They were serious romantics, the adults who brought me up. They came to Robert College in the decades after the Second World War not just to teach, but to explore Istanbul, forgotten by the world in those days, and to them a revelation. They took us children with them on their wanderings. Whatever they discovered, they wanted us to see, too. At home on the hill behind the college, they made us just as welcome at their parties. But there is one thing they forgot to teach us, and that was how to make a Hill Cocktail.
My father makes numerous mentions of these cocktails in Stamboul Ghosts. Almost every mishap and misdemeanour he describes in this, his last memoir, begins with a party at which people drank too many of them. And so, when John Scott and I came to organising a launch for the book in London this past November at Daunts Marylebone High Street, we thought it might be an idea to make up a batch or two. Or maybe three.
There was just the question of the recipe. I remembered there being a lot of vodka, along with something cloudy – lemon juice perhaps? And lots of ice.
On Monday – two days before the launch – I wrote to an old classmate Tony Greenwood, whose mother may even have invented the Hill Cocktail. He couldn't remember the recipe either. ‘I vaguely remember something like saf ispirto,’ he said, ‘diluted with water to a certain percentage, heated (boiled?) with lemon rind, then cooled and mixed with orange juice and soda. Let me ask Minnie Garwood,’ he said, knowing that if his mother was not the inventor of the Hill Cocktail, then it would certainly have been Minnie Garwood, who is still living in Istanbul, and in excellent health, probably because she gave up Hill Cocktails many decades ago.’
The next morning I heard from Tony again.
‘Cancel that recipe,’ he wrote. 'That's not the Hill Cocktail, it’s my father’s before-dinner tall drink, later immortalised at Avni’s pub as the Greenwood Fizz. The Hill Cocktail, Minnie says, is similar to a white lady.’ Here’s the recipe:
- Preparing the vodka:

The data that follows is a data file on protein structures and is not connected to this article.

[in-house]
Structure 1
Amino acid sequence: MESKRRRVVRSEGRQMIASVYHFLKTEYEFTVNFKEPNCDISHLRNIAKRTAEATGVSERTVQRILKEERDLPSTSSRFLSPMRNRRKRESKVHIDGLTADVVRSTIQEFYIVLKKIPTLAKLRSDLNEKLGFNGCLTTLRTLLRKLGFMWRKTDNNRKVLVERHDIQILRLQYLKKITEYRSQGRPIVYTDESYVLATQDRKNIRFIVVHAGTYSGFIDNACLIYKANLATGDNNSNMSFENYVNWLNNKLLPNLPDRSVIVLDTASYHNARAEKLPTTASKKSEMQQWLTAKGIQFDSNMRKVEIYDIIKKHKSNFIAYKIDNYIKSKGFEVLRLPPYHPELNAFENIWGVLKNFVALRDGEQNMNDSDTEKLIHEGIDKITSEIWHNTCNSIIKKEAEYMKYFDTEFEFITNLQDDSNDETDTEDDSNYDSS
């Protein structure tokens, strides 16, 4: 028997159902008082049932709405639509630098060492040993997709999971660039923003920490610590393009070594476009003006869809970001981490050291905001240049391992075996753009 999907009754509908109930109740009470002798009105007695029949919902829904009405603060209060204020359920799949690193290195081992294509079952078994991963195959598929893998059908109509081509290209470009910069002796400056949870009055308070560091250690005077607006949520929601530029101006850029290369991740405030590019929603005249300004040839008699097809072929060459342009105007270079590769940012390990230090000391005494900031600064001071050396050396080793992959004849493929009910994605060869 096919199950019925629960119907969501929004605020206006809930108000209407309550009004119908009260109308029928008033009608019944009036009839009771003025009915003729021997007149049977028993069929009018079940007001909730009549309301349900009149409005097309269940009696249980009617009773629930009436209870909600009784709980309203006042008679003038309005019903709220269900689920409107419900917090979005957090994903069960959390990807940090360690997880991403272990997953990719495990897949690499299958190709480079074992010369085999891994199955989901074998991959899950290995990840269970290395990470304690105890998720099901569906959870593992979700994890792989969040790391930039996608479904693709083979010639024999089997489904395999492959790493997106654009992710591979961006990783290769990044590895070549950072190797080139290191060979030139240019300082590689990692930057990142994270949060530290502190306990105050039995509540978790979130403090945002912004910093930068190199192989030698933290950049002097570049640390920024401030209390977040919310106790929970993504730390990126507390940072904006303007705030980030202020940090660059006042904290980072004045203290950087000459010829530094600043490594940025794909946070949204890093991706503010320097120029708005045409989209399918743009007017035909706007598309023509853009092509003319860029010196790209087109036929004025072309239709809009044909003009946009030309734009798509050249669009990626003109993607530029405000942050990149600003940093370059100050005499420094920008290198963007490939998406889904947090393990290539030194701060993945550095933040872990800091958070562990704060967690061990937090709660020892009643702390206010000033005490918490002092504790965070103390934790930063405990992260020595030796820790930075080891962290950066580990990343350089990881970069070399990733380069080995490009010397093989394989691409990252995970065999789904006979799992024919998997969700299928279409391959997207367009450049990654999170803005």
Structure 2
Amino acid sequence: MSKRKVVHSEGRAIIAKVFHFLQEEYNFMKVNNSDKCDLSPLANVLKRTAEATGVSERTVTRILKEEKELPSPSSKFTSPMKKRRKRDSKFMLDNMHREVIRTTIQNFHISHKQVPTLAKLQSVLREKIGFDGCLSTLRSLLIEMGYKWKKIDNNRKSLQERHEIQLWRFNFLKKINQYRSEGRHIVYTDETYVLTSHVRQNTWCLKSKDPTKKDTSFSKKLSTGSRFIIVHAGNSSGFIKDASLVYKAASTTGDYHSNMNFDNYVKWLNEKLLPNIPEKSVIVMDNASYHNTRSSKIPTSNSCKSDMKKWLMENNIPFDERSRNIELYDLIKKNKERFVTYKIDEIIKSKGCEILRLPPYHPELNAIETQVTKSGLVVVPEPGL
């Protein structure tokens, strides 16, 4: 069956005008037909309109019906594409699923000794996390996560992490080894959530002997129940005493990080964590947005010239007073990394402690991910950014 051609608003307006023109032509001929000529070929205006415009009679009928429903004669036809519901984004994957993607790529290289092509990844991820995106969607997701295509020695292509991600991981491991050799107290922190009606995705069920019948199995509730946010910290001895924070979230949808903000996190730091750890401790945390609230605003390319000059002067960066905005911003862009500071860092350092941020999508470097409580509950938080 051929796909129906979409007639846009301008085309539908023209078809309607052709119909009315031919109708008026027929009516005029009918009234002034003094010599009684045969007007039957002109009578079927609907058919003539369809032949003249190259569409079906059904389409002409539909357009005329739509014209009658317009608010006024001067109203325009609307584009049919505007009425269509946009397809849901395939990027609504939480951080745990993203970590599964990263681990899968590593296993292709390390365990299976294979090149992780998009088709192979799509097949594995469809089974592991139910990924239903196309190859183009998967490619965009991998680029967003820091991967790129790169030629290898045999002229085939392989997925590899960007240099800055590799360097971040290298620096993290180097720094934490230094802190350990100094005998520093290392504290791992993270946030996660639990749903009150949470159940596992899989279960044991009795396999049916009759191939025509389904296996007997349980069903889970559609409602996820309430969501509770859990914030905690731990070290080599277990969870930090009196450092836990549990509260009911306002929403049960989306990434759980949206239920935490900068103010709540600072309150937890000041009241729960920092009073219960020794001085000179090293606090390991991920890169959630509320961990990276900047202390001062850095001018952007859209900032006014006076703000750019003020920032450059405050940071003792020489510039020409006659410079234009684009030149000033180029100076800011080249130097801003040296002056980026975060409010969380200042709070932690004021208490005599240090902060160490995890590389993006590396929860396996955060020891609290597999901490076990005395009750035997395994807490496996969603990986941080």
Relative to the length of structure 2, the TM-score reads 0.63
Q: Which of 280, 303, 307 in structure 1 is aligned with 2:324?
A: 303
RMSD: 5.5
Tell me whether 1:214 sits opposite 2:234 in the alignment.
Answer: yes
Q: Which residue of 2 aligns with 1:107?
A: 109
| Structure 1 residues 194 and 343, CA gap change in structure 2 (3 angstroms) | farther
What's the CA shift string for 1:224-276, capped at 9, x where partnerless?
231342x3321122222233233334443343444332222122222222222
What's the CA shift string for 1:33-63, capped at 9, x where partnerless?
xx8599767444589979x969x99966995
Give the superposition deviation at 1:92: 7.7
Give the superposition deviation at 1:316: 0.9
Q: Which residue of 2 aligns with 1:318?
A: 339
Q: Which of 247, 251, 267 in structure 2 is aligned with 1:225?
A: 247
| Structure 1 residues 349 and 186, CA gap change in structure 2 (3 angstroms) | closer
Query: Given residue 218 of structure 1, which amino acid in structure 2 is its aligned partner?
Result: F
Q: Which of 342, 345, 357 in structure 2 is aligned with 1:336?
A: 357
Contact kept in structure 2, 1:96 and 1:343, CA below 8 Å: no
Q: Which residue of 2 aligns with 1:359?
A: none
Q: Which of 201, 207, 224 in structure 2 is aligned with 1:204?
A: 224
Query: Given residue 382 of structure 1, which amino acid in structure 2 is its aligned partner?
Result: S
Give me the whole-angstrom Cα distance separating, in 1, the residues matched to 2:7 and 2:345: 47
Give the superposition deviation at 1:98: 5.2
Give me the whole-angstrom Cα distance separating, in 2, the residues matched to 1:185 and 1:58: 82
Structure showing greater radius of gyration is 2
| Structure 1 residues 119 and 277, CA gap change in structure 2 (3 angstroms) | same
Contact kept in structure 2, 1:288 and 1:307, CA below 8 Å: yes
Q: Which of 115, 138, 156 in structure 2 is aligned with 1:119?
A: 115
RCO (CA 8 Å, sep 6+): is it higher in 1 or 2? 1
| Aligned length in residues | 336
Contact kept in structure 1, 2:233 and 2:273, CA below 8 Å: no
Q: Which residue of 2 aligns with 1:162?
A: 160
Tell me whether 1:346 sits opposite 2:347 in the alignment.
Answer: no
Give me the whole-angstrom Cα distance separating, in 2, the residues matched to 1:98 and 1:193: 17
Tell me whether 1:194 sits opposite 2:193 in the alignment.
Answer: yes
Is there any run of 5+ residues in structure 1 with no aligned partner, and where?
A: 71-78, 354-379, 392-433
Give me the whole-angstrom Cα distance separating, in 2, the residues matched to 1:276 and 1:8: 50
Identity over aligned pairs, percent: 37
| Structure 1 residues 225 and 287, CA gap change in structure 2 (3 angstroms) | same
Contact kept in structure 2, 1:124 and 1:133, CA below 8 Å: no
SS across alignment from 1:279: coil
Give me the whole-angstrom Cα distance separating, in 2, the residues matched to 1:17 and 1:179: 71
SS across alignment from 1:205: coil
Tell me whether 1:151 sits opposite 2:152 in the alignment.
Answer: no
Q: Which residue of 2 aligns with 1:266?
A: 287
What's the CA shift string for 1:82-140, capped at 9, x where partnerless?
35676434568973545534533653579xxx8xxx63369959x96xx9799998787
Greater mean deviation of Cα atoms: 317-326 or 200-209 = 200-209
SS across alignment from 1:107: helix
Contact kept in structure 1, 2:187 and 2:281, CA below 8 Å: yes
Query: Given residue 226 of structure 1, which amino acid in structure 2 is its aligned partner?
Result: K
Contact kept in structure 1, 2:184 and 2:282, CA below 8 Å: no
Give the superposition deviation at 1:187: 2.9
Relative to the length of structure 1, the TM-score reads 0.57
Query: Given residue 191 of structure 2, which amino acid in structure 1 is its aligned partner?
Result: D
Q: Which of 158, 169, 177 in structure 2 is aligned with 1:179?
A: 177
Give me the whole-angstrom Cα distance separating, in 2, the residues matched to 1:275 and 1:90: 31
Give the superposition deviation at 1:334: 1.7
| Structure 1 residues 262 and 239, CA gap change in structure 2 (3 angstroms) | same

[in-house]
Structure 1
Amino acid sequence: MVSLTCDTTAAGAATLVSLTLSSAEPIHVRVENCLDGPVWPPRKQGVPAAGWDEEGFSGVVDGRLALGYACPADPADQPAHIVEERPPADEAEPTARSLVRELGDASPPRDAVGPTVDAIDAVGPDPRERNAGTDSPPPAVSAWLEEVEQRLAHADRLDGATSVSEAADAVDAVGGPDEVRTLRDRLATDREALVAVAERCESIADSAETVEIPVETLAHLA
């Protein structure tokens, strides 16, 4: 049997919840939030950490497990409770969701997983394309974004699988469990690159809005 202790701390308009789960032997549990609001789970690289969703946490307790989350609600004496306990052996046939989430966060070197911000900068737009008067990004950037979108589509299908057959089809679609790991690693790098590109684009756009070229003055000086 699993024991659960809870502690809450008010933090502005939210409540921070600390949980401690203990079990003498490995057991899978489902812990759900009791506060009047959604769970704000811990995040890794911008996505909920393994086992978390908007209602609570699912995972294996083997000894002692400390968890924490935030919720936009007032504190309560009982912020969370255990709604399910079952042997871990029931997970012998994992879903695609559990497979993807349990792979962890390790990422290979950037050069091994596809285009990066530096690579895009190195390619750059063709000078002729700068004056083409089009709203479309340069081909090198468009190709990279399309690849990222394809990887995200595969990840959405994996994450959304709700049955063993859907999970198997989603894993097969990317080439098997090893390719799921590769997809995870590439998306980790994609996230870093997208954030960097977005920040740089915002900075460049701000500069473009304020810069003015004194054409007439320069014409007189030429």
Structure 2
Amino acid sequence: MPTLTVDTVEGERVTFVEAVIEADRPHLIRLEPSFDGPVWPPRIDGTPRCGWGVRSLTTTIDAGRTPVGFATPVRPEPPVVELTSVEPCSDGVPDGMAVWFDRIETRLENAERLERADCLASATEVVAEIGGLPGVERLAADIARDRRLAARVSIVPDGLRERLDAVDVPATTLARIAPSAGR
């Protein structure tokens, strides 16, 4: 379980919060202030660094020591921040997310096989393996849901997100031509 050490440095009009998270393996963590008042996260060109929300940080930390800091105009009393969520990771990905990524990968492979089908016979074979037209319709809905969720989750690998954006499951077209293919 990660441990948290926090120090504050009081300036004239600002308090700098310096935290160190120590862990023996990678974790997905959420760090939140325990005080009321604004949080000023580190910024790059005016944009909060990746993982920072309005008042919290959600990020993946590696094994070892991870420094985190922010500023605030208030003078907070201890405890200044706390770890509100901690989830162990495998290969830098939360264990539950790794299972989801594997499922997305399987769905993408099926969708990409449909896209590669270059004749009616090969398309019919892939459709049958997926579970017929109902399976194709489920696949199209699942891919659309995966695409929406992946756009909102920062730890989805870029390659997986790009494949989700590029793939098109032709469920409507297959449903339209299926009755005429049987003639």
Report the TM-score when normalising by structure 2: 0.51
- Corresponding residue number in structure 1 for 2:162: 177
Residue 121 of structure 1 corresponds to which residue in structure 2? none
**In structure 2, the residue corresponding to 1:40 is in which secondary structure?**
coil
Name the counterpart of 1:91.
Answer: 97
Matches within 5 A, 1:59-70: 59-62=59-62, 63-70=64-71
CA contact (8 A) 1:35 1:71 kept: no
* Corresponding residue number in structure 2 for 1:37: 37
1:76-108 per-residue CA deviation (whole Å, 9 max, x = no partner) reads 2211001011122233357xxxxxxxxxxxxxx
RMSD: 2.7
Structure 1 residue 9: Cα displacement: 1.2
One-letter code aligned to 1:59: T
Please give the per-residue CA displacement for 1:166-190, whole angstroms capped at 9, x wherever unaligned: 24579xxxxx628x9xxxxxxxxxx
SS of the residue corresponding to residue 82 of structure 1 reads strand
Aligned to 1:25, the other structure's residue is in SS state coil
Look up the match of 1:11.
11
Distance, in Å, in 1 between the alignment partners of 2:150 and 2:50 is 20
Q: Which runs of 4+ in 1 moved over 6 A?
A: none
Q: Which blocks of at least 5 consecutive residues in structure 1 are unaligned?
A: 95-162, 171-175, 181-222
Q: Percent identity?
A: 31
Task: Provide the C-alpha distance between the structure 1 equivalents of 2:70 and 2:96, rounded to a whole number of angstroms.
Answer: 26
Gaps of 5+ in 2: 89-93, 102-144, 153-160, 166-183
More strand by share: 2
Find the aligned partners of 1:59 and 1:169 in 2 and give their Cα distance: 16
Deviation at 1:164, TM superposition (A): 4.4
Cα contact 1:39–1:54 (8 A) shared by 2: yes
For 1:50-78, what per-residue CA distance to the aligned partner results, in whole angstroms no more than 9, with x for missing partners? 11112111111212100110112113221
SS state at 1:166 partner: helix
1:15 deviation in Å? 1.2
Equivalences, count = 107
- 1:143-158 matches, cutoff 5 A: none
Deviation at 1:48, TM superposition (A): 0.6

- 1 Bring 1.5 litres of water to a boil, adding one tablespoon of sugar and 1-2 tablespoons of lemon rind
- 2 Once it is boiling, add one litre of saf ispirto, poured in very slowly and carefully
- 3 As soon as all the alcohol is all in, turn off the flame and let it cool, and sit 'till needed. Of course, if it is needed immediately, being cooked mid-party, it can be drunk immediately
‘The Hill Cocktail then consists of three parts of this vodka, one part lemon juice, and lots of ice, no sugar. A cool refreshing drink that hits suddenly. I suppose, in a pinch, you could use Smirnoff instead, but it really wouldn't be the same thing. Have a good party.’
A few minutes later, he wrote again: 'Correction, just in from Minnie'
- 3 parts vodka,
- 1 part lemon juice,
- 1 part Portakal Likörü (Cointreau will do in a pinch)
Without the time to procure saf ispirto and portakal likörü, we gave up on being authentic. The Hill Cocktail we served at the launch was three parts Smirnoff and one part Cointreau, one part lemon juice (from 30 lemons, freshly squeezed), served with lots of ice. And I think all who tasted one, or two, or three, will agree that it was a cool refreshing drink that hit very suddenly, turning our quiet, dignified Daunts book launch into the sort of gathering my parents and their Stamboul Ghosts would have been happy to call a party. The morning after, I did have cause to wonder how many years these Hill Cocktails cut out of their lives, but now that the hangover is well and truly behind me, I am hoping that we can find another excuse to do it all again.
Stamboul Ghosts, by John Freely, with photographs by Ara Güler, is available here